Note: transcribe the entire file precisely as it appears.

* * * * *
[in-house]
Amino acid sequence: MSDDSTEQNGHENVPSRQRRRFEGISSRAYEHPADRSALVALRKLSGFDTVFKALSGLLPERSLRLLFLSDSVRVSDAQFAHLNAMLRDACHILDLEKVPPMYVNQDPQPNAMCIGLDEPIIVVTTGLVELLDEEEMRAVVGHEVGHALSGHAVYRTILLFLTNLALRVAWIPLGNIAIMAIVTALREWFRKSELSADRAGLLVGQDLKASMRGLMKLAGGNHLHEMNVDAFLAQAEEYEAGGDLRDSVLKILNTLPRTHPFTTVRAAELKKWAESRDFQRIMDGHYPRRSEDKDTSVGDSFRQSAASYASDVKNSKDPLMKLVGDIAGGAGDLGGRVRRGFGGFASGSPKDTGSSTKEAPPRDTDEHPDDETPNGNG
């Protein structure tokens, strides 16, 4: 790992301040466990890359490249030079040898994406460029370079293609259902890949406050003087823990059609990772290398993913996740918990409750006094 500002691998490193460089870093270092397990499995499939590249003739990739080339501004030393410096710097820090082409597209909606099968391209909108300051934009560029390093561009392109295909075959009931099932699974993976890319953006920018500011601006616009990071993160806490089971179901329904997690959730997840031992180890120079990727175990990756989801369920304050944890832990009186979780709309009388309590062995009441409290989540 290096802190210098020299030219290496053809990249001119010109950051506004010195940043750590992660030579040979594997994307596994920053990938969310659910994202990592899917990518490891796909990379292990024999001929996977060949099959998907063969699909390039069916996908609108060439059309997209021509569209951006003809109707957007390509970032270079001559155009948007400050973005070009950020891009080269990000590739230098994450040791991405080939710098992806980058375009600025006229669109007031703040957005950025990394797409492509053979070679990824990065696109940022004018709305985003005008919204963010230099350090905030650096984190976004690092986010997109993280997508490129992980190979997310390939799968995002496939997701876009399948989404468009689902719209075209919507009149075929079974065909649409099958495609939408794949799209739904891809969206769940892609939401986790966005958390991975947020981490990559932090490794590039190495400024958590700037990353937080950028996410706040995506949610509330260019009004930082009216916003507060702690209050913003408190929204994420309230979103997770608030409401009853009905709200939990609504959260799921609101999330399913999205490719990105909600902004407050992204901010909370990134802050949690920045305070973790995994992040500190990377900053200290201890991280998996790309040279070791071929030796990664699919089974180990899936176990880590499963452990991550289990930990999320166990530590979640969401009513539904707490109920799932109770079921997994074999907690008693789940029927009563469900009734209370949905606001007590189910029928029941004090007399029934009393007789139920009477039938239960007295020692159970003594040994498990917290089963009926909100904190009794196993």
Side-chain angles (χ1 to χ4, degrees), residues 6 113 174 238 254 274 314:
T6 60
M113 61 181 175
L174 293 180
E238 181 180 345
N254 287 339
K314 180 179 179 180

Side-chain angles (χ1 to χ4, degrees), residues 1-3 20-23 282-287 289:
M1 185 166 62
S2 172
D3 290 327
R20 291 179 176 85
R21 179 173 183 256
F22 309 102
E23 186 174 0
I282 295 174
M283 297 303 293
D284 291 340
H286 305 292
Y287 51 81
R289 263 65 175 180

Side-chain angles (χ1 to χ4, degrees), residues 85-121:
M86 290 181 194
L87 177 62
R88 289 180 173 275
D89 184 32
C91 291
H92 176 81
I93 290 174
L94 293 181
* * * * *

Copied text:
[in-house]
Amino acid sequence: MSDDSTEQNGHENVPSRQRRRFEGISSRAYEHPADRSALVALRKLSGFDTVFKALSGLLPERSLRLLFLSDSVRVSDAQFAHLNAMLRDACHILDLEKVPPMYVNQDPQPNAMCIGLDEPIIVVTTGLVELLDEEEMRAVVGHEVGHALSGHAVYRTILLFLTNLALRVAWIPLGNIAIMAIVTALREWFRKSELSADRAGLLVGQDLKASMRGLMKLAGGNHLHEMNVDAFLAQAEEYEAGGDLRDSVLKILNTLPRTHPFTTVRAAELKKWAESRDFQRIMDGHYPRRSEDKDTSVGDSFRQSAASYASDVKNSKDPLMKLVGDIAGGAGDLGGRVRRGFGGFASGSPKDTGSSTKEAPPRDTDEHPDDETPNGNG
């Protein structure tokens, strides 16, 4: 790992301040466990890359490249030079040898994406460029370079293609259902890949406050003087823990059609990772290398993913996740918990409750006094 500002691998490193460089870093270092397990499995499939590249003739990739080339501004030393410096710097820090082409597209909606099968391209909108300051934009560029390093561009392109295909075959009931099932699974993976890319953006920018500011601006616009990071993160806490089971179901329904997690959730997840031992180890120079990727175990990756989801369920304050944890832990009186979780709309009388309590062995009441409290989540 290096802190210098020299030219290496053809990249001119010109950051506004010195940043750590992660030579040979594997994307596994920053990938969310659910994202990592899917990518490891796909990379292990024999001929996977060949099959998907063969699909390039069916996908609108060439059309997209021509569209951006003809109707957007390509970032270079001559155009948007400050973005070009950020891009080269990000590739230098994450040791991405080939710098992806980058375009600025006229669109007031703040957005950025990394797409492509053979070679990824990065696109940022004018709305985003005008919204963010230099350090905030650096984190976004690092986010997109993280997508490129992980190979997310390939799968995002496939997701876009399948989404468009689902719209075209919507009149075929079974065909649409099958495609939408794949799209739904891809969206769940892609939401986790966005958390991975947020981490990559932090490794590039190495400024958590700037990353937080950028996410706040995506949610509330260019009004930082009216916003507060702690209050913003408190929204994420309230979103997770608030409401009853009905709200939990609504959260799921609101999330399913999205490719990105909600902004407050992204901010909370990134802050949690920045305070973790995994992040500190990377900053200290201890991280998996790309040279070791071929030796990664699919089974180990899936176990880590499963452990991550289990930990999320166990530590979640969401009513539904707490109920799932109770079921997994074999907690008693789940029927009563469900009734209370949905606001007590189910029928029941004090007399029934009393007789139920009477039938239960007295020692159970003594040994498990917290089963009926909100904190009794196993």
Side-chain angles (χ1 to χ4, degrees), residues 6 113 174 238 254 274 314:
T6 60
M113 61 181 175
L174 293 180
E238 181 180 345
N254 287 339
K314 180 179 179 180

Side-chain angles (χ1 to χ4, degrees), residues 1-3 20-23 282-287 289:
M1 185 166 62
S2 172
D3 290 327
R20 291 179 176 85
R21 179 173 183 256
F22 309 102
E23 186 174 0
I282 295 174
M283 297 303 293
D284 291 340
H286 305 292
Y287 51 81
R289 263 65 175 180

Side-chain angles (χ1 to χ4, degrees), residues 85-121:
M86 290 181 194
L87 177 62
R88 289 180 173 275
D89 184 32
C91 291
H92 176 81
I93 290 174
L94 293 181